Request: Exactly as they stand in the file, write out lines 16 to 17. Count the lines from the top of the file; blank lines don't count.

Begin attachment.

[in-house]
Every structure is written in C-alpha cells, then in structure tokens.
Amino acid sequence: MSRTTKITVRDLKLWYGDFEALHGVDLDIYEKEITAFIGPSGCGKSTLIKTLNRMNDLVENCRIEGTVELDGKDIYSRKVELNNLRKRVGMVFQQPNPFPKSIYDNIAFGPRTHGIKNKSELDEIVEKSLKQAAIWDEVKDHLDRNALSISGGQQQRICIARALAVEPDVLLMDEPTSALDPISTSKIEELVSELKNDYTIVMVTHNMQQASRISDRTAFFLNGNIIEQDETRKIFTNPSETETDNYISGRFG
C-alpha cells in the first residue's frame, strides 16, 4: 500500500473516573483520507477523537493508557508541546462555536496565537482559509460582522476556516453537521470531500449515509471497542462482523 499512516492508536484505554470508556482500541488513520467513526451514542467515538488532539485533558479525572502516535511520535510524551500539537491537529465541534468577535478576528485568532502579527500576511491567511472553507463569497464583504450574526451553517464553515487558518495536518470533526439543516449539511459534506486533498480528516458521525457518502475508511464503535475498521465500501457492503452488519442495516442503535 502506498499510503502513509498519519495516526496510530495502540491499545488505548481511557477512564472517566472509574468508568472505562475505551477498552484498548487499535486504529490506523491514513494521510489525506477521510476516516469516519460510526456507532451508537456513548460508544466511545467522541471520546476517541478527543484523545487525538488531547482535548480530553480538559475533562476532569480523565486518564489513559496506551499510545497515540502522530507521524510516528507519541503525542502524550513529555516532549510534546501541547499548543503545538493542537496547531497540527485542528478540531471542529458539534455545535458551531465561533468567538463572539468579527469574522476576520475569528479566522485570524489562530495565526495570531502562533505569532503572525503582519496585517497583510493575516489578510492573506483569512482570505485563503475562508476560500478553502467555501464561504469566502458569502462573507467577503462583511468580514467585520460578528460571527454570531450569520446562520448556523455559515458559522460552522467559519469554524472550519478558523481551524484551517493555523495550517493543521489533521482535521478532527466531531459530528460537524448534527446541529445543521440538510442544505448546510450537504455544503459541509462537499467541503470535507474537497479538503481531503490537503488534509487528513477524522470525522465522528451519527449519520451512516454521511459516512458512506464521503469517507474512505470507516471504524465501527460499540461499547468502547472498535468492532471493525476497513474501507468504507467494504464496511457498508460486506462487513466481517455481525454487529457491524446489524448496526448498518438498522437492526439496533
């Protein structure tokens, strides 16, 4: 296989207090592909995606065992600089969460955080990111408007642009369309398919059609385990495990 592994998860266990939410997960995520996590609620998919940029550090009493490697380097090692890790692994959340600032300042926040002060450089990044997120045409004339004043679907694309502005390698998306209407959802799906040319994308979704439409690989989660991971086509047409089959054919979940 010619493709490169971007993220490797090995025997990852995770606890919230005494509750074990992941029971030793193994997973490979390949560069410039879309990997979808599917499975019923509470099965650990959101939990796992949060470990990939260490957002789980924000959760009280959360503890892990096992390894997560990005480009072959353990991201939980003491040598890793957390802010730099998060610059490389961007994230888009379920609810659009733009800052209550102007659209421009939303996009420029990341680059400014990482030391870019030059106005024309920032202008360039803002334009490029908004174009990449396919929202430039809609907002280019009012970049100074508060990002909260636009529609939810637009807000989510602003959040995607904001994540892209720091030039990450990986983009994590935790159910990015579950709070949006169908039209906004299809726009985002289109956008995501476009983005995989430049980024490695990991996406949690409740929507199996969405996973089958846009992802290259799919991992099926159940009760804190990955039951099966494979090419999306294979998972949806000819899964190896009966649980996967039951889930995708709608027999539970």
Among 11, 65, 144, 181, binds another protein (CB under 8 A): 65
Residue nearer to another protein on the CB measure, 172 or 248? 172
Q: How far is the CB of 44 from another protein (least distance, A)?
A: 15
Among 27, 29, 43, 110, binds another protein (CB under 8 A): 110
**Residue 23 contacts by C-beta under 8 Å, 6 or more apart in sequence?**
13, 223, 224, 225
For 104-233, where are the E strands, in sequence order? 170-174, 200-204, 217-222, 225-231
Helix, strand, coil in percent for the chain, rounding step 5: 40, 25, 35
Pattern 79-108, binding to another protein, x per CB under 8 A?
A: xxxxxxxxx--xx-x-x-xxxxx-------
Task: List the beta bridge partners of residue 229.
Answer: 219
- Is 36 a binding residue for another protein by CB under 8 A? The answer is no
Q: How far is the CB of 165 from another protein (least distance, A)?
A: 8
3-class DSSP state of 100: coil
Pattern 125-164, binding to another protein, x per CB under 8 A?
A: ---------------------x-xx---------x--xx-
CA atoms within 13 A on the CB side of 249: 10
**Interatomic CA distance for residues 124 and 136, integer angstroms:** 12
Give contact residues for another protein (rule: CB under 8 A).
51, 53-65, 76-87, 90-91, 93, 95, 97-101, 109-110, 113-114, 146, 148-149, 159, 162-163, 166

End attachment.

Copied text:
A: xxxxxxxxx--xx-x-x-xxxxx-------
Task: List the beta bridge partners of residue 229.